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iPhone 5 demand reportedly lower than expected as Apple cuts component orders

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Apple has cuts orders for iPhone 5 parts by half due to lower than expected demand, according to a new report.

The claims come via The Wall Street Journal, which cites "people familiar with the matter" as its source. According to the report, Apple's orders for the 4-inch screens that go into the iPhone 5 have halved for the January to March period.

It's not just iPhone 5 display orders that have been cut either. Apparently orders for other components are being reappraised by Apple. The company notified the relevant manufacturers last month.

This will come as some concern to Apple, if true, as the iPhone 5 is far from an old device nearing the end of its year-long premium cycle. It only hit shops at the end of September, less than four months ago.

Of course, this could simply mean that Apple is planning to launch a new iPhone sooner than expected, or that it intends to switch manufacturers. The WSJ goes with the gloomier assessment, though.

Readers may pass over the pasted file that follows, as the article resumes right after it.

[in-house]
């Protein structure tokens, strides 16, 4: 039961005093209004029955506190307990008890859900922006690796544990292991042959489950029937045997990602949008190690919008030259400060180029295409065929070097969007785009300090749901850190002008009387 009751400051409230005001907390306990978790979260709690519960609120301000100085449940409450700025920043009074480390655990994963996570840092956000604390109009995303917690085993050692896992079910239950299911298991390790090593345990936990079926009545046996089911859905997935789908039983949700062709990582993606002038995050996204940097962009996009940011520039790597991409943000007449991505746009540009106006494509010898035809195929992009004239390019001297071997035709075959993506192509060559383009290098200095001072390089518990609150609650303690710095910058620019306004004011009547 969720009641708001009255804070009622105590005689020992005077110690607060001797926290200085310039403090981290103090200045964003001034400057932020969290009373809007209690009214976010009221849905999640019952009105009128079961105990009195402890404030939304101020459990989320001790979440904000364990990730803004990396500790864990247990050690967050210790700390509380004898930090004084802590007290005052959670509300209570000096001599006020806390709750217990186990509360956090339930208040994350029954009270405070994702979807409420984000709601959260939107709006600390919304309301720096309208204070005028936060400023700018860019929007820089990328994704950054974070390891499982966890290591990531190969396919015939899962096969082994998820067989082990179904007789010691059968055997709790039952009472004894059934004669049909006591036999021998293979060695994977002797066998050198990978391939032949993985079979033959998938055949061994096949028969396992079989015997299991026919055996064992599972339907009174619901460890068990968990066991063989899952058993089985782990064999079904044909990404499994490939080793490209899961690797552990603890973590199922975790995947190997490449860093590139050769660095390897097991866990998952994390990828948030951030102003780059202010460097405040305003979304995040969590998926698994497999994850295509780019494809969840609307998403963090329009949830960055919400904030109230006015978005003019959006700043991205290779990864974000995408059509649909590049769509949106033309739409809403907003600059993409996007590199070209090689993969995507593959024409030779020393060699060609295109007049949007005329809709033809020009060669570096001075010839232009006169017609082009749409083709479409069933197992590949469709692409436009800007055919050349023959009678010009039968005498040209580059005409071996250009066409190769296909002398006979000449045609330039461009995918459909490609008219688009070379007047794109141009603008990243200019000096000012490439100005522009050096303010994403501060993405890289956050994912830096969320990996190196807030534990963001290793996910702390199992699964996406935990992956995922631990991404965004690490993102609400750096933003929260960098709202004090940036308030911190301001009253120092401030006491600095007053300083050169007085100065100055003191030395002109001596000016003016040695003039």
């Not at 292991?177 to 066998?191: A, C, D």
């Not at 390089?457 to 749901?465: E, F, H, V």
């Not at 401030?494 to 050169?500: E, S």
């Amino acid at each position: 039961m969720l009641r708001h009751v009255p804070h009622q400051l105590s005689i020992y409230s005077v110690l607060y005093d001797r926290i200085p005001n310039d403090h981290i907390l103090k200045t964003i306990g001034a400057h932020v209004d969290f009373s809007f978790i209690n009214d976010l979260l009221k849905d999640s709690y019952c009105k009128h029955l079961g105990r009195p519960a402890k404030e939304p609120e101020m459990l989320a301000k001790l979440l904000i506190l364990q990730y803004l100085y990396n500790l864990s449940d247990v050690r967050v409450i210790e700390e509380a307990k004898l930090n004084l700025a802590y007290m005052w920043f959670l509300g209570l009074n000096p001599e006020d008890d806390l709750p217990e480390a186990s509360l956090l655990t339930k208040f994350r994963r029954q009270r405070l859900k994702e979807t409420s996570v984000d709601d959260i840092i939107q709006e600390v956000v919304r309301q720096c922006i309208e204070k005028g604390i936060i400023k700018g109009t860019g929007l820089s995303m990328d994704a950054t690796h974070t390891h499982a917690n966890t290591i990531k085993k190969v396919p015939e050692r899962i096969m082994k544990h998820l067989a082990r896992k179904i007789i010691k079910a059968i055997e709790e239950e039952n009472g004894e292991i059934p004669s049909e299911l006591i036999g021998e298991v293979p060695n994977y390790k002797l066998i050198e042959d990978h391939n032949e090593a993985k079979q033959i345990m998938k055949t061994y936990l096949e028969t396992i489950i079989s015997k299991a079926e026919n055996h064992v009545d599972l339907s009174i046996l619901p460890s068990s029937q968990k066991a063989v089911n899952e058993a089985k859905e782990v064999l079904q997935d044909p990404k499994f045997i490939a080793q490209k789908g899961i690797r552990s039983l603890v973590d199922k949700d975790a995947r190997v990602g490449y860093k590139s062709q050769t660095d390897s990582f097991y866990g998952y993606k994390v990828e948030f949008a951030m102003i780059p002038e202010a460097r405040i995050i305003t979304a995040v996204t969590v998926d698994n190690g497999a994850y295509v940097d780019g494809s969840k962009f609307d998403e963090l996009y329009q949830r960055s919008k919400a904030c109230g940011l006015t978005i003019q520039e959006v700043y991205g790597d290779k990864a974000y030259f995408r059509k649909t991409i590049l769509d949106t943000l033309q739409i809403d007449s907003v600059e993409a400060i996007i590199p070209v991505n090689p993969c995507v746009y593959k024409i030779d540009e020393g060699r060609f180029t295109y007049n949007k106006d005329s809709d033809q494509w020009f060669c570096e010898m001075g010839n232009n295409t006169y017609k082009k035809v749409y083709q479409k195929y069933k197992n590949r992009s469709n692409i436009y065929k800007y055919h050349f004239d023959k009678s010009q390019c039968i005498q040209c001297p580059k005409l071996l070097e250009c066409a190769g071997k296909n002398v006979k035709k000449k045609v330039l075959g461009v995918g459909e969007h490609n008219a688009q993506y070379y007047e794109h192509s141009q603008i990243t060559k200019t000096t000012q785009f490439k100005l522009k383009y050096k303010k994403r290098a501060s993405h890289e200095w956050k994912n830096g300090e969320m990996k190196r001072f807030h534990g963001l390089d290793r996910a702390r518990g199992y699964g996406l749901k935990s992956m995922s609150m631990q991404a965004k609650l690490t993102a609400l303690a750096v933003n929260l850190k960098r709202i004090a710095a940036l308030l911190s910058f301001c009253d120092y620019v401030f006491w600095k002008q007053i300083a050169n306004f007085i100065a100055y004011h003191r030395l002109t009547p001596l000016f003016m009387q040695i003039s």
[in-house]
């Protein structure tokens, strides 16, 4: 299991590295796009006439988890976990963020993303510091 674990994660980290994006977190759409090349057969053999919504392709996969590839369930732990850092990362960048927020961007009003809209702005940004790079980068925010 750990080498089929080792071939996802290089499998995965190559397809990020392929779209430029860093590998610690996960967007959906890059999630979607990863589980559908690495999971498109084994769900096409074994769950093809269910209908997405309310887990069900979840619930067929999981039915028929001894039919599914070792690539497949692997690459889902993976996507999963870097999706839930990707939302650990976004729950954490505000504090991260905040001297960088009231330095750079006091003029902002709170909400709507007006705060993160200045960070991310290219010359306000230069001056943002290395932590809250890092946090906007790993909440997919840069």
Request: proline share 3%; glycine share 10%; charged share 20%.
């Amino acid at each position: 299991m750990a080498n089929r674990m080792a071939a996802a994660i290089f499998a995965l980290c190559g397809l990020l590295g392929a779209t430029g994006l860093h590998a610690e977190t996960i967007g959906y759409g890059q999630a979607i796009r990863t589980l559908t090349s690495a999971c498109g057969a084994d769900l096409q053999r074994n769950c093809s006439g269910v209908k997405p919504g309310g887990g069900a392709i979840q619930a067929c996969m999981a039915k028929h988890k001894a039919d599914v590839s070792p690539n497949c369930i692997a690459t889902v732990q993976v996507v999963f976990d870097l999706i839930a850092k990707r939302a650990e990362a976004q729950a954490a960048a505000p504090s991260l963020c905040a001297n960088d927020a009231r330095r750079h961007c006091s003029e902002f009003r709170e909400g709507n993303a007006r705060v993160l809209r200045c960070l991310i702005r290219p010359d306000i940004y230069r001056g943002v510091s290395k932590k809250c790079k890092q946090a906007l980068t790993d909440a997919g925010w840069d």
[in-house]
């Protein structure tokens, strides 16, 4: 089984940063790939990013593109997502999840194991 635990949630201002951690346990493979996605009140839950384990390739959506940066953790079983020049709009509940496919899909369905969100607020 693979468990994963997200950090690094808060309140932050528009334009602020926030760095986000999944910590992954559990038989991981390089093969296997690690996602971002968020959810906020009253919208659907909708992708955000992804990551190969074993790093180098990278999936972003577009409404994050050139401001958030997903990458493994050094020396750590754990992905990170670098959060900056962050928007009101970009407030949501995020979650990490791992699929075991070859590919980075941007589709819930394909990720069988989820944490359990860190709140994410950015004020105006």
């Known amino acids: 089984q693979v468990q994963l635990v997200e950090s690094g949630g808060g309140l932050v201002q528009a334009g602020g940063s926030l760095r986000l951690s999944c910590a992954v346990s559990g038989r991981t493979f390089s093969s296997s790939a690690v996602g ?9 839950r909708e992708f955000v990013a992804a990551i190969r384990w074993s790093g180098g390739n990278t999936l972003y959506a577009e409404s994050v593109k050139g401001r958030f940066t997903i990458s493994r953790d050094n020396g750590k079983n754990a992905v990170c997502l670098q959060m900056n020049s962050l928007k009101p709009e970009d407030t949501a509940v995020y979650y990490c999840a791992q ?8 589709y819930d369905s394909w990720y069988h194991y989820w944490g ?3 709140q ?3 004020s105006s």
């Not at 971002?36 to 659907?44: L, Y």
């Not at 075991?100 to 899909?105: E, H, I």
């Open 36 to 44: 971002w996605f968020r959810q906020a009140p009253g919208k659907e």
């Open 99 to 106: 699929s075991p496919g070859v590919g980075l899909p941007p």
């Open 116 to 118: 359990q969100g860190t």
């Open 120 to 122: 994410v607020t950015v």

"The move indicates that sales of the new iPhone haven't been as strong as previously anticipated and demand may be waning," claims the report. It points to the ongoing success of Samsung - now the world's largest smartphone producer - and the proliferation of cheaper Android devices as major contributing factors.

Whilst Apple had 23 per cent of the smartphone market in the first quarter of 2012, it had dropped to 14.6 per cent by the end of the third quarter. Samsung's share, by contrast, grew to 31.3 per cent in the third quarter.

It's no longer just a case of Samsung flooding the market with lots of moderately successful affordable smartphones, either. Last month we reported on the news that the Samsung Galaxy S3 had become the UK's biggest-selling smartphone for the seventh month running, thus beating the newer iPhone 5.

Has Apple had its day? Is Samsung the new smartphone taste-maker? Let us know what you think through the Trusted Reviews Twitter and Facebook feeds, or take to the comments box below to have your say.

Via: WSJ

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